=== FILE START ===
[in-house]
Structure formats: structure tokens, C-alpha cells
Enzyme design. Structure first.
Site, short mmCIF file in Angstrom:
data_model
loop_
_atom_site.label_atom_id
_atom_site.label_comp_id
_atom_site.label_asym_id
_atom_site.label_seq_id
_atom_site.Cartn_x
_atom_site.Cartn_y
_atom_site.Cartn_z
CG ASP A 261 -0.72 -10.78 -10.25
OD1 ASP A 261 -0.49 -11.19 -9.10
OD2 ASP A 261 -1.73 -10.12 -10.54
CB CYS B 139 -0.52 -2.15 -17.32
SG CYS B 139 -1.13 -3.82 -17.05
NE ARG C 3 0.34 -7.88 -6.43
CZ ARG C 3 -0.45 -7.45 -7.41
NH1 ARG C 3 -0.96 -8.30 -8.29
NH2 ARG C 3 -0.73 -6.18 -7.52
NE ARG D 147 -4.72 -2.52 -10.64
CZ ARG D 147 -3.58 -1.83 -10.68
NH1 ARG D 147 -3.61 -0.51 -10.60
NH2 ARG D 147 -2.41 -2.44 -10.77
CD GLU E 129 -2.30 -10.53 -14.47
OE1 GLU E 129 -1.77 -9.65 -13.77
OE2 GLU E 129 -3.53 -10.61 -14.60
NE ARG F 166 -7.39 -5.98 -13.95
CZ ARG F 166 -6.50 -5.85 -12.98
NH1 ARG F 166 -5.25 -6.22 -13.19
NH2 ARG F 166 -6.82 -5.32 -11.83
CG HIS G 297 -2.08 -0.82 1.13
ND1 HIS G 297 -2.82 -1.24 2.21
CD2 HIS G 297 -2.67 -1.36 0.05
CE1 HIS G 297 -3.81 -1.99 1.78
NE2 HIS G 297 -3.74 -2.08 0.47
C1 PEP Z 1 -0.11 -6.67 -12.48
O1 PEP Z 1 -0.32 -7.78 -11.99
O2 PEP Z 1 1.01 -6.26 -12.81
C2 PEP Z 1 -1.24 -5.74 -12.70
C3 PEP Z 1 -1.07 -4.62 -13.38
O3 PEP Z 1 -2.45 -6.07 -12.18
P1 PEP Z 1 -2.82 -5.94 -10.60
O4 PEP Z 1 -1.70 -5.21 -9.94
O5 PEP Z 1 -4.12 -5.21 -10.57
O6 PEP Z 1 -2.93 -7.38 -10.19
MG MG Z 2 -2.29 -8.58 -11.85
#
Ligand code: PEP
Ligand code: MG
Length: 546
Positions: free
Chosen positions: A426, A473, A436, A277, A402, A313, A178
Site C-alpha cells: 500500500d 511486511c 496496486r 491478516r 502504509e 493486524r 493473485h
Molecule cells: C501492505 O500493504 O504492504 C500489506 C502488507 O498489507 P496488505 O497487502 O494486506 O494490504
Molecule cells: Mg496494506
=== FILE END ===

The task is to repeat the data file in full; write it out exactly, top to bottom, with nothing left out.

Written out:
[in-house]
Structure formats: structure tokens, C-alpha cells
Enzyme design. Structure first.
Site, short mmCIF file in Angstrom:
data_model
loop_
_atom_site.label_atom_id
_atom_site.label_comp_id
_atom_site.label_asym_id
_atom_site.label_seq_id
_atom_site.Cartn_x
_atom_site.Cartn_y
_atom_site.Cartn_z
CG ASP A 261 -0.72 -10.78 -10.25
OD1 ASP A 261 -0.49 -11.19 -9.10
OD2 ASP A 261 -1.73 -10.12 -10.54
CB CYS B 139 -0.52 -2.15 -17.32
SG CYS B 139 -1.13 -3.82 -17.05
NE ARG C 3 0.34 -7.88 -6.43
CZ ARG C 3 -0.45 -7.45 -7.41
NH1 ARG C 3 -0.96 -8.30 -8.29
NH2 ARG C 3 -0.73 -6.18 -7.52
NE ARG D 147 -4.72 -2.52 -10.64
CZ ARG D 147 -3.58 -1.83 -10.68
NH1 ARG D 147 -3.61 -0.51 -10.60
NH2 ARG D 147 -2.41 -2.44 -10.77
CD GLU E 129 -2.30 -10.53 -14.47
OE1 GLU E 129 -1.77 -9.65 -13.77
OE2 GLU E 129 -3.53 -10.61 -14.60
NE ARG F 166 -7.39 -5.98 -13.95
CZ ARG F 166 -6.50 -5.85 -12.98
NH1 ARG F 166 -5.25 -6.22 -13.19
NH2 ARG F 166 -6.82 -5.32 -11.83
CG HIS G 297 -2.08 -0.82 1.13
ND1 HIS G 297 -2.82 -1.24 2.21
CD2 HIS G 297 -2.67 -1.36 0.05
CE1 HIS G 297 -3.81 -1.99 1.78
NE2 HIS G 297 -3.74 -2.08 0.47
C1 PEP Z 1 -0.11 -6.67 -12.48
O1 PEP Z 1 -0.32 -7.78 -11.99
O2 PEP Z 1 1.01 -6.26 -12.81
C2 PEP Z 1 -1.24 -5.74 -12.70
C3 PEP Z 1 -1.07 -4.62 -13.38
O3 PEP Z 1 -2.45 -6.07 -12.18
P1 PEP Z 1 -2.82 -5.94 -10.60
O4 PEP Z 1 -1.70 -5.21 -9.94
O5 PEP Z 1 -4.12 -5.21 -10.57
O6 PEP Z 1 -2.93 -7.38 -10.19
MG MG Z 2 -2.29 -8.58 -11.85
#
Ligand code: PEP
Ligand code: MG
Length: 546
Positions: free
Chosen positions: A426, A473, A436, A277, A402, A313, A178
Site C-alpha cells: 500500500d 511486511c 496496486r 491478516r 502504509e 493486524r 493473485h
Molecule cells: C501492505 O500493504 O504492504 C500489506 C502488507 O498489507 P496488505 O497487502 O494486506 O494490504
Molecule cells: Mg496494506